You try to diminish the danger of this by implying that "It's unlikely EVERY word will be changed", but that is not and has never been the danger inherent to the purging of potentially inflammatory words. What we are at risk of losing is not merely a word, but the UTILITY of our language. Each word purged, each word rendered taboo, is an IDEA that someone is attempting to cull from the collective consciousness. We use our words to THINK... the language we speak is the language our brains are programmed in.
Indeed. And people with entirely different stables of words-- those from other cultures, or other time periods, or even just those with different vocabularies-- are still entirely capable of speaking and thinking. The line is not drawn in what phrases are present in some technical documents.

PhantomEcho said:
It's the intellectual equivalent of a lobotomy, with the hope being that if we just lobotomize enough people then eventually whatever idea said words might cultivate will die alongside them as public consciousness fades.

Today it's Master/Slave in the tech sector, with the clear hope that we'll all just forget that slavery was a thing... unless of course forgetting about slavery is offensive... (which it is, naturally, to many)... so we'll just hypocritically make it okay to talk about in the VERY context we're hoping people will forget about whilst stripping an important technical term out of the tech sector because 'what could possibly go wrong?'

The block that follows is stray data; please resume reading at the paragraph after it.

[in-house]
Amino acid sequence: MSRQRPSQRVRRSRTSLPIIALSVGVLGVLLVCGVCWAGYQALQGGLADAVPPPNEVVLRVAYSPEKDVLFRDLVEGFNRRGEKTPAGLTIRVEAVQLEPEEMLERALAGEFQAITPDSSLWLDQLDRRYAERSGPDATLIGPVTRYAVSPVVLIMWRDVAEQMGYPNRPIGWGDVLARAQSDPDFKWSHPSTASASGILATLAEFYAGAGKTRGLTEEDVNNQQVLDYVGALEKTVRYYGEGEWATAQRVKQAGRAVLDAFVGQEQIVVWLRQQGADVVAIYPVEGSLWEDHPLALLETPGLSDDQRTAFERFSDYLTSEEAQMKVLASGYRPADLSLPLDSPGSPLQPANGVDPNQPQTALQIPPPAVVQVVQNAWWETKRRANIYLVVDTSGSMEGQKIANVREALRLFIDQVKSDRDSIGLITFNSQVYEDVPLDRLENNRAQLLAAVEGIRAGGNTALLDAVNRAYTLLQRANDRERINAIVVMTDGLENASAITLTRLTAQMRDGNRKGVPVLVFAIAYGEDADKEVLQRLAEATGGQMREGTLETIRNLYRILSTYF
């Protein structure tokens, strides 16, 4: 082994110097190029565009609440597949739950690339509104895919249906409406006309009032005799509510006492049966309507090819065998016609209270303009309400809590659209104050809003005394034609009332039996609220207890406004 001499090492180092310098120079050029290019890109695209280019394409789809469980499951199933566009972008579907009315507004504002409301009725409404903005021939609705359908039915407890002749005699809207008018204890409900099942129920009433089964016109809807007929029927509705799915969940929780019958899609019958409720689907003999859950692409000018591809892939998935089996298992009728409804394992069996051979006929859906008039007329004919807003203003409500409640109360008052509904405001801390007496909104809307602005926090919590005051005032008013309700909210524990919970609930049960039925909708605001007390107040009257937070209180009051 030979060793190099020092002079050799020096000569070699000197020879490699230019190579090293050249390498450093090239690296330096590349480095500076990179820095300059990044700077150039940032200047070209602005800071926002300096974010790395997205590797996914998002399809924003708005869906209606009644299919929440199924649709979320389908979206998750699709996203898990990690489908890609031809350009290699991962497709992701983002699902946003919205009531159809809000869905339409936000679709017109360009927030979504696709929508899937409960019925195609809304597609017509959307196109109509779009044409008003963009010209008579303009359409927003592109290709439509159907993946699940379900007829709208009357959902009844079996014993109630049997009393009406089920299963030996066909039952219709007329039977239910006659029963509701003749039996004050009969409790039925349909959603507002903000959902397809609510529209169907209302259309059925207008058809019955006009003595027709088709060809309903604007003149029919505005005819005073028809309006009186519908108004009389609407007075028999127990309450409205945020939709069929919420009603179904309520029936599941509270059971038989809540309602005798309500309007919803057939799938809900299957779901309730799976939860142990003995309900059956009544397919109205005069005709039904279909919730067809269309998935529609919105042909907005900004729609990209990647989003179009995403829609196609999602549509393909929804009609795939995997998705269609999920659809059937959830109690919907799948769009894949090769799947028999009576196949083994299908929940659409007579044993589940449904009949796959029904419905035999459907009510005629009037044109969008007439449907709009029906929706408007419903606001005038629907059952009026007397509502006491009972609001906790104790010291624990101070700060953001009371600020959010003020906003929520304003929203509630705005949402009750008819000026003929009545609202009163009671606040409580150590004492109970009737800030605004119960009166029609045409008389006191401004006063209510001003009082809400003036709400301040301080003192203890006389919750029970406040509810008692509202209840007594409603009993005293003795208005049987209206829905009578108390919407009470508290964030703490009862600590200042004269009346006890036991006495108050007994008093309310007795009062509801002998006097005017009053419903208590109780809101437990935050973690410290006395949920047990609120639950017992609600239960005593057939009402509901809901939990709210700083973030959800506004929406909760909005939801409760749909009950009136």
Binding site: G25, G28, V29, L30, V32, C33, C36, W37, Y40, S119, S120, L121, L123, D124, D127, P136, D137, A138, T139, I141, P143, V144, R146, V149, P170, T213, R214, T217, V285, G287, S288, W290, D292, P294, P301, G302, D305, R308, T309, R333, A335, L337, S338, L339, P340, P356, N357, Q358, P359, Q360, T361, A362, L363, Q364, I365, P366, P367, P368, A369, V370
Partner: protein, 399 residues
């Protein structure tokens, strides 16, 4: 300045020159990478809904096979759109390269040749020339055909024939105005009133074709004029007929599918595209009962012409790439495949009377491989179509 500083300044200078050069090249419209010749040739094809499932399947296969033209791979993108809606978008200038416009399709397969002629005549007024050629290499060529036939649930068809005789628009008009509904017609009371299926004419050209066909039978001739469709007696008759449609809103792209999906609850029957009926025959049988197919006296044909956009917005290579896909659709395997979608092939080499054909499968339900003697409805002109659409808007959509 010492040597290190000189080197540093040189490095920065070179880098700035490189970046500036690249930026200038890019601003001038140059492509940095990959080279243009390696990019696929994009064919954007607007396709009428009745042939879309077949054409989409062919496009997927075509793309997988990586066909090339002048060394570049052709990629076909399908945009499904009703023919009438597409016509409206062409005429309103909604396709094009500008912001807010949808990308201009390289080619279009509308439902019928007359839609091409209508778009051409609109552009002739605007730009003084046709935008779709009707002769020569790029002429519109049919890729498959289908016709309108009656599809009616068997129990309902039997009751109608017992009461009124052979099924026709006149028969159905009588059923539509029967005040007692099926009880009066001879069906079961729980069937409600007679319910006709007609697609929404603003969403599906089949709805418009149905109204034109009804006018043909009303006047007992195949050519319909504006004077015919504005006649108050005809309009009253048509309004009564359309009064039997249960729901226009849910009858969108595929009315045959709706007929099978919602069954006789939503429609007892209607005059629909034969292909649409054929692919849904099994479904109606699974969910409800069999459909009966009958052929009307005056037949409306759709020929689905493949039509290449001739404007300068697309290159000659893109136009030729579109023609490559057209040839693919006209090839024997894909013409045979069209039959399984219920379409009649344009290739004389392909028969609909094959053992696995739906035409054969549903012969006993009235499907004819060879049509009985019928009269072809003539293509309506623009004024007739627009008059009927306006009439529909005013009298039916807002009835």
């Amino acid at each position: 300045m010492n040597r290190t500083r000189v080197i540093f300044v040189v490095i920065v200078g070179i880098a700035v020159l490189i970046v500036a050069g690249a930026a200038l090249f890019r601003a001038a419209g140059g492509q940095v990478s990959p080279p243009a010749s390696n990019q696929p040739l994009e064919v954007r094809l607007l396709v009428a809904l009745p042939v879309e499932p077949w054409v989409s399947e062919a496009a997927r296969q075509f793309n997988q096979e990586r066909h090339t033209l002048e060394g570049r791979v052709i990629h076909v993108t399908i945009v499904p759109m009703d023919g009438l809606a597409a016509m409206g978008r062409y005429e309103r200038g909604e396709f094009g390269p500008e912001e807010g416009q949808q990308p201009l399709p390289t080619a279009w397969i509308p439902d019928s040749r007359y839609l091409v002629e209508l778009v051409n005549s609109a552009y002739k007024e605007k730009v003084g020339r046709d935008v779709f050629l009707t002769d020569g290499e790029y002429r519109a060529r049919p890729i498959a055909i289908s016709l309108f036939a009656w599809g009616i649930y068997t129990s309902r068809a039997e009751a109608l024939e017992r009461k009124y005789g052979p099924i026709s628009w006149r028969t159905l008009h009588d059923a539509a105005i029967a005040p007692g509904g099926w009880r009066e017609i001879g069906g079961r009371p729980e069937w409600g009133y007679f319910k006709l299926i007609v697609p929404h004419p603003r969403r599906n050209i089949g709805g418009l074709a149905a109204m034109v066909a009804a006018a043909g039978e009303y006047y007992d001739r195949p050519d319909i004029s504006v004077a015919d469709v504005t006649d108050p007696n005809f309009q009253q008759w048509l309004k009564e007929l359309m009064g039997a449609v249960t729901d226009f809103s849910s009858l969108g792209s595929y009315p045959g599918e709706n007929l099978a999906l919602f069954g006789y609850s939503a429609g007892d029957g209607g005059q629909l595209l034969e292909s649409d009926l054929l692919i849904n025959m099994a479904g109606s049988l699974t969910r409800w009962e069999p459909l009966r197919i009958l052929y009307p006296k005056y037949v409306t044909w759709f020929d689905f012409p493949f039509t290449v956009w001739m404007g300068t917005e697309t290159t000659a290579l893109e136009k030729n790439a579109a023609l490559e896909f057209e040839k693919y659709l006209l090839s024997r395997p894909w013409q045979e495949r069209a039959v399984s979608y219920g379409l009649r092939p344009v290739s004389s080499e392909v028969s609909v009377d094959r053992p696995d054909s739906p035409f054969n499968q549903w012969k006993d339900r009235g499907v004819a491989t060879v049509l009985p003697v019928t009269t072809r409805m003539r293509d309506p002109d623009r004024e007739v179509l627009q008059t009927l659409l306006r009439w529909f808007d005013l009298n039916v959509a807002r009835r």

You're assuming, quite irrationally, that the intention of removing the word in this one instance is to remove it, somehow, from the English language. It is quite clearly not that. Nobody wants us to "forget slavery", least of all the people who find slavery immoral. They merely don't want the word used here.

Say, a lecturer marks an essay, and tells his/her student that their use of a particular term is confusing/misplaced/wrong. Does this mean the lecturer wants to remove the word from the English language, and from thought itself?! Of course not. They just think it shouldn't be in that place.

We pick and choose our words every time we speak. Every time we speak or write, we choose some words above others, and deselecting some is not deciding that they must be purged.

PhantomEcho said:
It's untenable because there will ALWAYS be one more word that upsets somebody, somewhere... and the loss of that word will forever damage our ability to THINK about the concepts and ideas it represents.
The concepts will still exist. Nobody is trying to make us "forget" slavery, and nothing anybody is doing could possibly make it happen anyway. Being discerning about its use is not-- in any way at all-- somehow destroying the word.